Your 2021 Year-End Eclipse Images!

Baily’s Beads by Instagram user Wijaya Sukwanto. Two bright Baily’s Beads peek through mountain valleys on the Moon right before Totality. Red prominences are visible on the edge of the Sun and the ghostly Solar Corona emerges around the Sun. Images taken with Tele Vue-76 APO outfitted with Tele Vue 2x Powermate, Canon EOS 5D Mark IV DSLR, and Tele Vue Sol Searcher under clear skies at Union Glacier, Antarctica on 04 December 2021.

What a way to end the year! We had the 19 November 2021 (almost total) Lunar Eclipse followed two weeks later by the 4 December 2021 Total Solar Eclipse. While the first event was at an odd hour and the second an odd location, Tele Vue scopes did capture both events. This blog is a gallery of your eclipse photos!

November Lunar Eclipse Images

Tele Vue-NP127is in the Hudson Valley
2021 Nov 19 Partial Lunar Eclipse by Instagram user and Tele Vue employee Mahendra Mahadeo. All rights reserved. Used by permission. These Five shots were taken over a 40-minute period, as the moon traversed along the edge of the Earth’s red shadow. Imaged with Tele Vue-NP127is APO scope with Tele Vue Large Field Corrector (LCL-1069) and an astro-modified Canon EOS SL1 DSLR. Totality (center) frame exposure was: 6 x 0.5-sec, 6 x 1-sec and processed with Photoshop CC, and Topaz Denoise AI. Orange County, New York.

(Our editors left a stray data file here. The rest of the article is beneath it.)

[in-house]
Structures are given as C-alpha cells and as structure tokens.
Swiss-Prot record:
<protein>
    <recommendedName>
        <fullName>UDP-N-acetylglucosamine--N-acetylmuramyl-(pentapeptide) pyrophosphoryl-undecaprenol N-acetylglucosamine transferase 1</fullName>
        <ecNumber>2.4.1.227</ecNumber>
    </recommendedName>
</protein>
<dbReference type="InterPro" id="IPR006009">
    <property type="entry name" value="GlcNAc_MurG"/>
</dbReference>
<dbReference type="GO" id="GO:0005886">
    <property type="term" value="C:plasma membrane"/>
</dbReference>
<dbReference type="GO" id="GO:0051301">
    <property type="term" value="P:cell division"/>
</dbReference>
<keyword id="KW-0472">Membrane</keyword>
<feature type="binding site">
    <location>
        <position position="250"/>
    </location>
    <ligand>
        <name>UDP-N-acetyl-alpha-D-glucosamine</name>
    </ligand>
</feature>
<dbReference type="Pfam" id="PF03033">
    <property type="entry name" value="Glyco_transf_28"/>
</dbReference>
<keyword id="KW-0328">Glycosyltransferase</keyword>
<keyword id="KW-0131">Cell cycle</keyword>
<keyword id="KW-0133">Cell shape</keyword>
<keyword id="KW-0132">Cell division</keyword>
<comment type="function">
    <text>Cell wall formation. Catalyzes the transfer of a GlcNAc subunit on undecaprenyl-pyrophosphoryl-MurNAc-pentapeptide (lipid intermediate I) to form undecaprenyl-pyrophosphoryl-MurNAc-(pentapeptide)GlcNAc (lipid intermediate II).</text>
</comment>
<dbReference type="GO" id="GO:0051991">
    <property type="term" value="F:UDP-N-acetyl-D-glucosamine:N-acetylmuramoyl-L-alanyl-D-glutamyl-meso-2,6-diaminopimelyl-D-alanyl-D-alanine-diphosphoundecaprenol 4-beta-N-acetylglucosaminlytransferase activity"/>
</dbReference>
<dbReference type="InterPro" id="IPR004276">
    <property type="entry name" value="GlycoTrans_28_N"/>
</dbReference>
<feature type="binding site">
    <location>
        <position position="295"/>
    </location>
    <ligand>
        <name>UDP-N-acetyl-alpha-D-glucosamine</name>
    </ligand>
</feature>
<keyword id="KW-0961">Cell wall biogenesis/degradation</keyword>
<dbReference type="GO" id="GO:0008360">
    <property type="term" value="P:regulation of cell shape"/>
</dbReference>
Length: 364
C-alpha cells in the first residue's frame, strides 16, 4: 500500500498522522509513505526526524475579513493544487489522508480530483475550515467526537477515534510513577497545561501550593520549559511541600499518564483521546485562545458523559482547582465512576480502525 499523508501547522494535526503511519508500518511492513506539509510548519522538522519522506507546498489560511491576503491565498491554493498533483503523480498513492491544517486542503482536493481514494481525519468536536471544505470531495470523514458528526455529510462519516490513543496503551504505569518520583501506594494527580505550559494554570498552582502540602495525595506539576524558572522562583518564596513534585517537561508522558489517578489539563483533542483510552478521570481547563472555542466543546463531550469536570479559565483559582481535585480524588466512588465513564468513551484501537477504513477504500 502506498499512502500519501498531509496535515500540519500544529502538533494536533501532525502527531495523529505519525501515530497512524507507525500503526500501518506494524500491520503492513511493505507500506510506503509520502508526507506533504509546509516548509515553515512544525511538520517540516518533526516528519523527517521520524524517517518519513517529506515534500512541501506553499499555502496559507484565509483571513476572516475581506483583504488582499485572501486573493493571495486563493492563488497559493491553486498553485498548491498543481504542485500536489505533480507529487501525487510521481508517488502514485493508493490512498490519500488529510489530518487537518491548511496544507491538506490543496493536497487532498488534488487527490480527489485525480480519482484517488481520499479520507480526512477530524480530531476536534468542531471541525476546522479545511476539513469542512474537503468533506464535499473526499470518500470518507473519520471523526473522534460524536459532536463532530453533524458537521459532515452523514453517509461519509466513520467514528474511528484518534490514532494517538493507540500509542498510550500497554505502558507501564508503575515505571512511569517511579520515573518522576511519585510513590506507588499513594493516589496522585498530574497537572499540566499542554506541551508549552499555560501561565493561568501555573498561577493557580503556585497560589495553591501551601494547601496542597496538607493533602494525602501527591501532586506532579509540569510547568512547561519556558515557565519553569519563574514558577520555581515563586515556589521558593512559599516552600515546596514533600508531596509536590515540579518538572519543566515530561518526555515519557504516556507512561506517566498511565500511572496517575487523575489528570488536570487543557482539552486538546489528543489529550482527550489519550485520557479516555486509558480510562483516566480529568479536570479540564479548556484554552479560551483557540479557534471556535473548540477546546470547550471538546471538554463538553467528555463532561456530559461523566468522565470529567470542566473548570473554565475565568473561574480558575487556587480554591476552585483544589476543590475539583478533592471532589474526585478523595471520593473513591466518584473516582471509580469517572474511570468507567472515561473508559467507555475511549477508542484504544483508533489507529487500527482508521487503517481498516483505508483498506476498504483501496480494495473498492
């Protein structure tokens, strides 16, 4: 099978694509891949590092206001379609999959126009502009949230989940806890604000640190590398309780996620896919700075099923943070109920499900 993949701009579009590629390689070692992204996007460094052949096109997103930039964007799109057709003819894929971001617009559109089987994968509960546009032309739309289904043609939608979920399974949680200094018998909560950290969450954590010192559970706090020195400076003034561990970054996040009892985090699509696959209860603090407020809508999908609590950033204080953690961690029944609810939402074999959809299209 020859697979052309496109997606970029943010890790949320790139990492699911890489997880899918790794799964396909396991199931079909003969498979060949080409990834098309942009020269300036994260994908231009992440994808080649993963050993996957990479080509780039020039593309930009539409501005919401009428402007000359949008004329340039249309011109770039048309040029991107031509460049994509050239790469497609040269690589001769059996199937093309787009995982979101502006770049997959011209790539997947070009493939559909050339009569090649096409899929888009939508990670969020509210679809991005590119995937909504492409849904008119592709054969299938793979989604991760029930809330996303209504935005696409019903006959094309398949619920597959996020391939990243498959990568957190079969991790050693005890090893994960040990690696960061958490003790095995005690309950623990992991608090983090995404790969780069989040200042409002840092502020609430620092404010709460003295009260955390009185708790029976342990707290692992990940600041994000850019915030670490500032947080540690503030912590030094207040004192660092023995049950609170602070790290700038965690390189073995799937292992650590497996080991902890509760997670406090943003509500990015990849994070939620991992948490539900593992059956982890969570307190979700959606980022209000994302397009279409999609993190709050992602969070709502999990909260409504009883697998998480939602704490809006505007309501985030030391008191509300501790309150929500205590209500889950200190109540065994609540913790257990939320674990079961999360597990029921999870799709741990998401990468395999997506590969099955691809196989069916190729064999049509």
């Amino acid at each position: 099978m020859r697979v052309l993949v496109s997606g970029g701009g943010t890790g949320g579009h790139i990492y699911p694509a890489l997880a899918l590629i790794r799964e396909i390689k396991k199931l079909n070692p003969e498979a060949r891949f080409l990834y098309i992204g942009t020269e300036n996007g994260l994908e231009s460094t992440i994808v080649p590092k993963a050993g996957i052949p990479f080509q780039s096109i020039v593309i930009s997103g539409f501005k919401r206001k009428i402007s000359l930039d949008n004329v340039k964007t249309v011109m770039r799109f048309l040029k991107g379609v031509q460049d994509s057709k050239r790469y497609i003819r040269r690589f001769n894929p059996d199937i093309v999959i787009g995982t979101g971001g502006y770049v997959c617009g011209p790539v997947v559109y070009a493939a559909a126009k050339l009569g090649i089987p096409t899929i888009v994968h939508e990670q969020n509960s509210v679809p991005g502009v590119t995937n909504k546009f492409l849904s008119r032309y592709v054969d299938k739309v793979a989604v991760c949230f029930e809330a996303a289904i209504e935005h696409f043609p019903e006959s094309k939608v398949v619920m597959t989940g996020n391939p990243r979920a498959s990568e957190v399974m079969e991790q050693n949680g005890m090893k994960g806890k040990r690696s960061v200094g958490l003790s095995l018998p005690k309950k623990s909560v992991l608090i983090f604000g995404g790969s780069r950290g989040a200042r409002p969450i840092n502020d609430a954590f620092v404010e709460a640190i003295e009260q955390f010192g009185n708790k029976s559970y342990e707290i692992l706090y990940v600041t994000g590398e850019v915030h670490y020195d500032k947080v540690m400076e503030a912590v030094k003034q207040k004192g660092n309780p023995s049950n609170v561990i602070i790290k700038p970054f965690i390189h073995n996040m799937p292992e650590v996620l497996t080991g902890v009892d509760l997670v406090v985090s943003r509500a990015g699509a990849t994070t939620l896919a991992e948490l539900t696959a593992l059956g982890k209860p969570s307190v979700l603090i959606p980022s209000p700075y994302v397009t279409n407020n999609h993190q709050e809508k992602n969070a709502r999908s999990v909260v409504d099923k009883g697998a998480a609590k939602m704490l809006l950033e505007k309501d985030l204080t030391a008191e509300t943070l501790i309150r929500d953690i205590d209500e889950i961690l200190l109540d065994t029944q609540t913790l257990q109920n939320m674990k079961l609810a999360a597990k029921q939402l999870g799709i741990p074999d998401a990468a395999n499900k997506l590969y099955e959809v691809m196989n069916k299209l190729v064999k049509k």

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December 4th Total Solar Eclipse!

Have you been gearing up and packing for the December 4th total solar eclipse?  If not, you are not alone! The path of totality for this eclipse will be limited to distant Antarctica and the surrounding waters. So very few people will have snow boots on the ground there to enjoy the 1′:54″ view of the solar corona that day. The partial eclipse outside the path of totality is no consolation prize. It envelops the ocean south of Australia, South America, and Africa and barely makes landfall at the very tips of South America,  Australia, and New Zealand. Much of the southern tip of Africa will see at most a “nibble” taken out of the Sun. 

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